By Daniel Friedman
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For me, April 21, 2015 began as any other day.

I went about my routine and, as was the case for any Islanders game I covered, left early to get to Nassau Coliseum, settle down in the press box and prepare my notes. Since this was a playoff game, I wanted to be there a little earlier than usual, in order to take in the magnitude of what I was about to experience.

Because this was not any other day, as I quickly realized. This proved to be my final visit to the Coliseum, a possibility I was certainly aware of at the time.

Before the game, I walked around the concourse, then around the entire seating bowl. I tried to capture every inch of the building and store each mental image.

After Nicklas Backstrom scored the overtime winner for Washington, after all the postgame interviews had been conducted, I returned to my seat in the press box, stared at the quiet, empty rink in my peripheral vision and began to cry.

Countless memories flooded into my head at supersonic speed.

I looked up into the 300 section behind the net at the north end of the ice and remembered my eighth birthday party. I looked into the 200’s behind the benches at center ice and remembered where my father and I sat, as he’d teach me how to identify every aspect, every detail of the game. I looked around the stands and recalled so many great experiences, seemingly in every section.

I grew up in West Hempstead, about a 10-minute drive from the Coliseum. For a six-year-old kid whose father grew up in Montreal, I didn’t have much of a choice but to put on my little Canadiens jersey and go to the games whenever the Habs came into Uniondale.

Curiously, despite the Islanders being dreadful in those early years – Ziggy Palffy aside – I wound up cheering for them every time they scored. Suffice to say, the Canadiens experiment did not last very long. I was an Islander, for better or worse.

I might not have witnessed the glory days of this franchise, but I sure felt like I had. And that’s the thing about being a resident of 1255 Hempstead Turnpike; history is everywhere, and not just in the aging facade.

I could hear the echoes from the cheers that went up for those Stanley Cup-winning teams throughout the building. I looked into the stands and could see the confetti flying through the air, just as it was in 1980. I looked around the goal crease and could see Bryan Trottier, Mike Bossy and Clark Gillies penetrating the offensive zone and getting scoring chances. I looked at center ice and could see Shawn Bates getting set to take his penalty shot.

No matter where you look, you’ll find something – if you look closely enough.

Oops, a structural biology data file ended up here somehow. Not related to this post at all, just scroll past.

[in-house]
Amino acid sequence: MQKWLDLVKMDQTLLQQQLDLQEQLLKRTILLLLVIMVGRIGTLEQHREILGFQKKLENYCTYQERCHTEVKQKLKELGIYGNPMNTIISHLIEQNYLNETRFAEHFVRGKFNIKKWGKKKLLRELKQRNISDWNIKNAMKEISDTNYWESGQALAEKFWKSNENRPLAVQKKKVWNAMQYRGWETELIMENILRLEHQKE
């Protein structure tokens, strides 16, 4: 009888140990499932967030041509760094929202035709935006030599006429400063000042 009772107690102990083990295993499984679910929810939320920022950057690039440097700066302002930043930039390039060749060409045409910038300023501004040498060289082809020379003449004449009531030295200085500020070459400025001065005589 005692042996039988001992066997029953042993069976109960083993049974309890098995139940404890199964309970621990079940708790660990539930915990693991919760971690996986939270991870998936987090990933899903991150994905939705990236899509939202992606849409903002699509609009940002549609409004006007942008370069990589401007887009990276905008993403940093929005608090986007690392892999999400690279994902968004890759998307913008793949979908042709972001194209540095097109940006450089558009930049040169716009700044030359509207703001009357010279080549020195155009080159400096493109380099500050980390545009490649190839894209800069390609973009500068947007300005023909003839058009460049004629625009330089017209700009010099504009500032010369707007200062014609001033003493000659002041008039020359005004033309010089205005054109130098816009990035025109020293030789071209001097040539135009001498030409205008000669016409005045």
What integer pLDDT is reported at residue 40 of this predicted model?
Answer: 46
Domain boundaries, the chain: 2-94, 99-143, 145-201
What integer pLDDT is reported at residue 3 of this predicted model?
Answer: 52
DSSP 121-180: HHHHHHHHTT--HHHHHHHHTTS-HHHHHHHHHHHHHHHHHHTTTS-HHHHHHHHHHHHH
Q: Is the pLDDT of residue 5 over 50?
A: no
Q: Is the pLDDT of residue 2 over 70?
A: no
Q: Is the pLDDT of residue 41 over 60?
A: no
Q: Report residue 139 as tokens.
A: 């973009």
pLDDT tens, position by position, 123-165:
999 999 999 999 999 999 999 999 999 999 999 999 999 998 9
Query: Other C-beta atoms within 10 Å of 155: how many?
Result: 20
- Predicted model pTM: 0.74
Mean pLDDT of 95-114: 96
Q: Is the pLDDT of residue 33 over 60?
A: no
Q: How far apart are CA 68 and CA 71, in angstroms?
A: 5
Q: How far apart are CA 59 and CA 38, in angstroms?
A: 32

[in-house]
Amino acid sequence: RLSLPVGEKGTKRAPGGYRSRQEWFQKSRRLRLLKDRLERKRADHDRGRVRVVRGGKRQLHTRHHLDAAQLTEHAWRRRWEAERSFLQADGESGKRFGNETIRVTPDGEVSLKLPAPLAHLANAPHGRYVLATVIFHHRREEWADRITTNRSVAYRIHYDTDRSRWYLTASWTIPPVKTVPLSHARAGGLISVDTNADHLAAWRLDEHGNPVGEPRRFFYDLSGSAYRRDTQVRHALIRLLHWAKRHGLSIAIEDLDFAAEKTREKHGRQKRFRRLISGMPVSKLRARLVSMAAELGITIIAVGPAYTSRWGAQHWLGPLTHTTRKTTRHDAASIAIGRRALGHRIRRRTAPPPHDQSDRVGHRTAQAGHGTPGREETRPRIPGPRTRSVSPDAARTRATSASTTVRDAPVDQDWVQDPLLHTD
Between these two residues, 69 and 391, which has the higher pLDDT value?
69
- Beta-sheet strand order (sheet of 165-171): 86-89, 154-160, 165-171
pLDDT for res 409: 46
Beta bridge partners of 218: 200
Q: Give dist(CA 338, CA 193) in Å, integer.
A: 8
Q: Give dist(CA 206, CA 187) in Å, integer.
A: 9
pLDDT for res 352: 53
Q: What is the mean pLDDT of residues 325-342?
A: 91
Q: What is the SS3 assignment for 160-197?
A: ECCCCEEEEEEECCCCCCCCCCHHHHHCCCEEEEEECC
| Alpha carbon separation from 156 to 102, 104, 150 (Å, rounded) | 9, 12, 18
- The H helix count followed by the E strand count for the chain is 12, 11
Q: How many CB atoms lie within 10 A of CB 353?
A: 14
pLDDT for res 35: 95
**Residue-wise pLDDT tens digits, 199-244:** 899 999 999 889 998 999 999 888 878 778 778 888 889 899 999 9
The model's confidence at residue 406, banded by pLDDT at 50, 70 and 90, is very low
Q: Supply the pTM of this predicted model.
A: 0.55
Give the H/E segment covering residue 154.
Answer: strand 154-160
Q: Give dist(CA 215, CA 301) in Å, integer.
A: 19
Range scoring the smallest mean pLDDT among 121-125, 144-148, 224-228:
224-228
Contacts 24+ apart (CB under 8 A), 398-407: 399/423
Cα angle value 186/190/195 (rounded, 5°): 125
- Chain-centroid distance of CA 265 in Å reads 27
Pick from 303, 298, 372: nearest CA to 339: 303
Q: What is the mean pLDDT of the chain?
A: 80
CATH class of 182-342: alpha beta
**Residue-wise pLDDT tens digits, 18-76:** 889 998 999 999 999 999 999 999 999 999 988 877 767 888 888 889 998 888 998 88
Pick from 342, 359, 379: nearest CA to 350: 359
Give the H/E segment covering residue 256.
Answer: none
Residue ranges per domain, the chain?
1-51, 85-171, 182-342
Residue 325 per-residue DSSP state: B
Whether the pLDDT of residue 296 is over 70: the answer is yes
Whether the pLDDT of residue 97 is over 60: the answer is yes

And then I looked up to the rafters, a testament to that great hockey tradition which has been an integral part of Long Island since 1972, and felt like I’ve been in the building for every accomplishment those banners celebrate.

For me, Nassau Coliseum was always the place to go dream, to believe. It was the place where I learned everything I know about hockey, the place I went to get inspired when things were tough. It was like a second home for me.

Although I did not have the same experiences as the generation beforehand, I feel that mine has forged its own legacy; we have continued the traditions that have been going strong for over four decades. I am deeply saddened by the realization that the next generation will not have the same opportunity.

Barclays Center is a world-class building, but there is nothing like the Coliseum. There’s just no way to replicate that magical, energetic atmosphere. You simply don’t see it anymore in these new arenas.

Brooklyn is close by, but it’s not Nassau County. The fact is that Town of Hempstead Supervisor Kate Murray and County Executive Ed Mangano let an NHL franchise, let 43 years of history and pride walk right out the door. The Islanders were Long Island’s team, and now it’ll have to share them with Brooklyn.

Not only that – the county only got its act together and made a real push to get the Coliseum renovated once it was already too late. What a slap in the face to a franchise that has meant so much to this area.

Going to Brooklyn are the unforgettable memories and traditions of this storied hockey team. No more 7:11 of overtime, no more 50 goals in 50 games, no more epics, heroics or on-ice masterpieces. Goodbye to the penalty-shot game-winning goals and the outstanding goaltending performances. We bid adieu to the thunderous “Let’s Go Islanders!” chants that threatened to blow the roof off on so many occasions.

Many of John Tavares’ future accomplishments (and there will be plenty) will be celebrated several miles west of where his story began. Many of the team’s future accomplishments (of which there will also be plenty) will likewise be observed in Brooklyn.

Nassau County and Town of Hempstead politicians decided to let all of that slip away over finger-pointing and their own personal agendas. It is an unforgivable mistake that quite frankly should cost each of them their positions.

They talk, almost mockingly, about a new Coliseum and corporate offices for the Islanders in Nassau. They’re delusional. The Islanders are gone, and now it’s too late to get them back.

We had something great here on Long Island, but now it’s headed to Brooklyn. And, while I hold out hope that the Isles will one day return home, I won’t hold my breath – no matter how much empty rhetoric I hear from Mangano.

Goodbye, Nassau Coliseum. Thank you for 19 years of unforgettable memories, and for the other 24 years you gave everyone before me.

Thank you for being my home away from home.

Follow Daniel Friedman on Twitter at @DFriedmanOnNYI

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